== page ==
Bill Plaschke,Los Angeles Times
They leaped, he winced. They flew, he limped. With the weight of the coach on his mind, the weight of the Los Angeles Lakers on his neck, and two bad wheels underneath him, Shaquille O’Neal faced his most burdensome playoff game in three seasons Friday.
While the Lakers soared to a 99-89 victory over the San Antonio Spurs, their center struggled just to stand.
But stand, he did.
It was prettier than any dunk, more dramatic than any alley-oop, a message of strength from the Laker with the least.
Fifteen rebounds on two bad feet. Twenty-two points with a bad finger. Three assists from a guy accused of not giving enough.
A pained, tight-lipped championship pose.
“Shaquille hung in there tonight like I’ve never seen him before,” said Derek Fisher after the Lakers took a two-games-to-one lead in the Western Conference semifinals. “I don’t think he’s had this many things going on at the same time. He gave us more effort than I’ve seen in a long time.”
And then he gave us fewer explanations, leaving the Alamodome without talking to reporters, walking gingerly but forcefully through a horde of cameras toward the team bus. We’ll have to wait to find out whether Coach Phil Jackson’s pointed criticism earlier this week affected him.
We don’t yet know whether his zero points in the fourth quarter — after scoring 10 consecutive points in the third quarter — was due to pain or defense.
There are still many questions surrounding the man through whom a third consecutive Lakers’ championship must pass.
But Friday, at least long enough for his team to regain home-court advantage in a series as bruising as expected, O’Neal did offer one declaration.
“When things like this happen, he responds,” Rick Fox said. “He becomes introverted very quickly, as (reporters have) found out. He becomes upset. He feels challenged. And when he feels challenged … “
Make no mistake, this was a challenge.
First there were the injuries, then, on Wednesday afternoon after Shaq had failed to dominate in the Lakers’ Game 2 loss, there was an insult.
“I had a heated conversation with Shaq, actually, about getting actively involved in chasing the ball down,” Jackson said after that Wednesday practice. “Shaq is, you know, I wanted to stimulate him and I wanted to motivate him to the fact we need him to play at a really active level.”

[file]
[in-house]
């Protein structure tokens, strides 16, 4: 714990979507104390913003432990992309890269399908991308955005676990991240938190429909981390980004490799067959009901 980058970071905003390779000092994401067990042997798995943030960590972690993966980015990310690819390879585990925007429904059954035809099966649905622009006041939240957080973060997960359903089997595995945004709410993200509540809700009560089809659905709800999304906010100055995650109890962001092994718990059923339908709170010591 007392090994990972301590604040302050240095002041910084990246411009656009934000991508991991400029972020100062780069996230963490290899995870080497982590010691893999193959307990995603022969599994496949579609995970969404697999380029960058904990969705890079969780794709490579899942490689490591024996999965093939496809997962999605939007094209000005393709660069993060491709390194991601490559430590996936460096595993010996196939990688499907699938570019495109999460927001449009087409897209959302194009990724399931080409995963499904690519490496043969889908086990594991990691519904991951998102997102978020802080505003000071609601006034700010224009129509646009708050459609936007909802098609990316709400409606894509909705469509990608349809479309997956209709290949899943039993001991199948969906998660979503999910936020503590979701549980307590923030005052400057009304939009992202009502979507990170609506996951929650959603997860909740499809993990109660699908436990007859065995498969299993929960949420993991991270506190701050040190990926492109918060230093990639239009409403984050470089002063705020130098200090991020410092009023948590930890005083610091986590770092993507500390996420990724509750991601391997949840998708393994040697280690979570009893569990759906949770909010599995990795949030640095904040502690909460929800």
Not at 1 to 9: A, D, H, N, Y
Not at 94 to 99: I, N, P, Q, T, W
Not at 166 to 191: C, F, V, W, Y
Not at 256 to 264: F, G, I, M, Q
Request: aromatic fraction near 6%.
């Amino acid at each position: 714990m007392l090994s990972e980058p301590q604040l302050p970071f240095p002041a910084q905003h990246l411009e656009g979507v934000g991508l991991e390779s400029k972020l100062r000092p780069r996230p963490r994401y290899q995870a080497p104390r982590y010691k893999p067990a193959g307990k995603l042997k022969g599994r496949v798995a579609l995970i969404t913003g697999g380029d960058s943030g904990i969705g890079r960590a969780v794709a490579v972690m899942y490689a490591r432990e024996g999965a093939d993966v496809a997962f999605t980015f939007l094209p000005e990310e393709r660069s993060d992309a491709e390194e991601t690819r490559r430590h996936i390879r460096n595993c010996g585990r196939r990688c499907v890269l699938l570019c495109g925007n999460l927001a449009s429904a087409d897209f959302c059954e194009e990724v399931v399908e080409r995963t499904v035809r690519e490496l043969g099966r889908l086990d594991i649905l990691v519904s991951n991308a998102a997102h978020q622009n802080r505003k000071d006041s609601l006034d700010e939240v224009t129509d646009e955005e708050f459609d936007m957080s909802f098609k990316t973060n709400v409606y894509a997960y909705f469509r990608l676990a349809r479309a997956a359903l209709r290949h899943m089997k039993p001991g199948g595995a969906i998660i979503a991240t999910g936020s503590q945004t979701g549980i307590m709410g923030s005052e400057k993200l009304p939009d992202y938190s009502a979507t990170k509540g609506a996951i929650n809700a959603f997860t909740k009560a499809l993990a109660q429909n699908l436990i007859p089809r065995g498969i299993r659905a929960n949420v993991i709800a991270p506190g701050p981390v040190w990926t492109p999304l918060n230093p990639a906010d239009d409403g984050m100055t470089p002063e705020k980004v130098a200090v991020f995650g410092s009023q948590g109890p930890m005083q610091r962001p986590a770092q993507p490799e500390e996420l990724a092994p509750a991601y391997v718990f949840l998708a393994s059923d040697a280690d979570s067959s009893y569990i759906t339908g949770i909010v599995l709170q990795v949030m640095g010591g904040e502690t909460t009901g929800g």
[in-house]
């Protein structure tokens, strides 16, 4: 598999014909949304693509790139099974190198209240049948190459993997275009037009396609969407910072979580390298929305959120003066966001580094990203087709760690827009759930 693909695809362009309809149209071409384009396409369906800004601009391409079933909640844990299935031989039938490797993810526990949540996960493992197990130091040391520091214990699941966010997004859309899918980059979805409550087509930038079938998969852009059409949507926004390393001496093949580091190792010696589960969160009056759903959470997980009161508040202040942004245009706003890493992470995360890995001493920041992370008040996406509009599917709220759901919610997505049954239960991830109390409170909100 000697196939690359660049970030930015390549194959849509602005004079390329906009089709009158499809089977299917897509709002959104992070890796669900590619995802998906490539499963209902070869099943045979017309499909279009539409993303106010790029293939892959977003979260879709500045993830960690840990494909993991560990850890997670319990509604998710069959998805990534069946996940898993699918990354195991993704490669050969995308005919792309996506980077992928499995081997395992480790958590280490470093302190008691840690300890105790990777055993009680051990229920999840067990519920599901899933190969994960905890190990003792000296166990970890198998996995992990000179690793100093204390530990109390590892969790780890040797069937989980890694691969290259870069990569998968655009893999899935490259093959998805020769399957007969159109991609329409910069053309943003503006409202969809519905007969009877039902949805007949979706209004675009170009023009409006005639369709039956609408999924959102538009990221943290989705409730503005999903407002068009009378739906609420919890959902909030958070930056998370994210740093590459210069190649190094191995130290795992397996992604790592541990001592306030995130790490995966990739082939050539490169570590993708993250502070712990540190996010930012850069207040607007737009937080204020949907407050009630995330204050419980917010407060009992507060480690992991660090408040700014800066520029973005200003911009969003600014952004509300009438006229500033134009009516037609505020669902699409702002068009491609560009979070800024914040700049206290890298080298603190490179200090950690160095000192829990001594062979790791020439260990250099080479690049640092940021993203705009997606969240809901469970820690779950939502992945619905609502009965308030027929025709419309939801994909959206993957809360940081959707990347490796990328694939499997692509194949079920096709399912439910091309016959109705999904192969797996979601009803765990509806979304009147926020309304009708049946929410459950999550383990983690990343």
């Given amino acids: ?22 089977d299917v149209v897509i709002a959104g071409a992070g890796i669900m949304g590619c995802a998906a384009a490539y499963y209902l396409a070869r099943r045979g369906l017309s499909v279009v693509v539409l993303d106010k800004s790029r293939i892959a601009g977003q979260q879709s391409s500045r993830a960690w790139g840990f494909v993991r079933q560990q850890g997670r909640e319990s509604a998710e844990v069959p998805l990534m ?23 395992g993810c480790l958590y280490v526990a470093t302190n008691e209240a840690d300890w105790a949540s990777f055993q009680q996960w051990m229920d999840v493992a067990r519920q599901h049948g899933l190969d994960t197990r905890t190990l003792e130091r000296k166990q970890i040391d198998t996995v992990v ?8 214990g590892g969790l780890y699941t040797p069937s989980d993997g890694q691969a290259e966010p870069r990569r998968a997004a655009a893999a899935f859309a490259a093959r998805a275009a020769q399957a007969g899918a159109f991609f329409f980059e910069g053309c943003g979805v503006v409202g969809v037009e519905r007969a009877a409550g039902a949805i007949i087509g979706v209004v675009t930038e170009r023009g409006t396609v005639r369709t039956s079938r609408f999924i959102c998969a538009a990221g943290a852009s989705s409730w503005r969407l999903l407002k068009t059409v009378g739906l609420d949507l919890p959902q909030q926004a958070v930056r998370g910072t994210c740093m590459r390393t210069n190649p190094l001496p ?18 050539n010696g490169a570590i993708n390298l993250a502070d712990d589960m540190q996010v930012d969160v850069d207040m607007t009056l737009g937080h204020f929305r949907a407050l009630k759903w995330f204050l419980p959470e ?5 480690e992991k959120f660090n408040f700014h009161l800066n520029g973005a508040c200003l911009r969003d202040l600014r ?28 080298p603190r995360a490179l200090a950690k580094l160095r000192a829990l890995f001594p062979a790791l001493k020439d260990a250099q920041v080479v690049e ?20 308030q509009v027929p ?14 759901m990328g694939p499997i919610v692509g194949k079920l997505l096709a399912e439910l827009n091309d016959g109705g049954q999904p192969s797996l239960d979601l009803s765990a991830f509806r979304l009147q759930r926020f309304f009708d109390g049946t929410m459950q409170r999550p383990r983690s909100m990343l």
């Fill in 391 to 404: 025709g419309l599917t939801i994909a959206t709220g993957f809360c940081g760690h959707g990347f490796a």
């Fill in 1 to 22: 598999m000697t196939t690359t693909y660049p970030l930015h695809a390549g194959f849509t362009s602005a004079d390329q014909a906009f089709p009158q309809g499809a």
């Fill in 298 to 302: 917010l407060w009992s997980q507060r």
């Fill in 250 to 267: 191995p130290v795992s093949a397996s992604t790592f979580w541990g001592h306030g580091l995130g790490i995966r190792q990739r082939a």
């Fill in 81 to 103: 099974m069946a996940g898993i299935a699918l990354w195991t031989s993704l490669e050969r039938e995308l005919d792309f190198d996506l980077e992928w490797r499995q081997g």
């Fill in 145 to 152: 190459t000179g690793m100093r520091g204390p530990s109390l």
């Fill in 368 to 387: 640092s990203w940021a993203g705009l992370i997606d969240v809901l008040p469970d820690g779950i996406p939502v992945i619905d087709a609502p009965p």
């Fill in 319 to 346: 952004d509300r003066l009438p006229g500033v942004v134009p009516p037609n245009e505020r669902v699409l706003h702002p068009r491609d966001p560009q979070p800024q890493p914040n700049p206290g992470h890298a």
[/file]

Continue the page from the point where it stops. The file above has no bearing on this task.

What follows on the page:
A heated conversation? Superman needing stimulation?
A day later, O’Neal responded by telling the Associated Press, “Ask Phil. He knows everything.”
On Friday before the game, Jackson expounded upon his remarks, saying, “It was taken out of context. A heated conversation? It was give-and take, that’s what it was. It’s just to motivate guys.”
He continued, “I think (O’Neal) was upset that I could question that particular aspect. That’s all right.”
In other words, Jackson knew O’Neal was mad, and maybe that was the point.
“Shaq needs to hear that from time to time,” Brian Shaw said. “And Phil’s really the only guy bold enough to do it.”
Bold enough, and smart enough.
The last time O’Neal was this mad at his coach, it was in mid-November, after O’Neal’s unexcused absence from practice following the birth of his daughter.
Jackson fined him, O’Neal was furious, and guess what happened.
In his first game after venting to reporters, O’Neal scored 30 points with 13 rebounds against Houston. The next night against Phoenix, he scored 28 points with 12 rebounds.
Then came Friday, which was not without its own calamities.
At one point, O’Neal caught a ball and fell out of bounds. He dropped passes. He was beaten on an alley-oop over his head.
During one timeout, he was scolded by Jackson, but did not want to listen, waving him off twice and turning his back.
He was seemingly so tired after one turnover in the third quarter, he walked slowly up the court, so slowly that he was still not yet at half court when Tim Duncan missed a jump shot.
Thus, he was able to take a pass and score on a fastbreak while being flagrantly fouled by Malik Rose.
It was seemingly the inspiration he needed.
He scored on consecutive jumpers, then, one possession later, on a dunk, all part of those 10 consecutive points.
“Shaq is not at a level that we’re used to seeing,” Fox said. “But it’s going to be like this the rest of the way.”
An awkward, bumpy trip that, for one day anyway, was navigated by following the limping giant.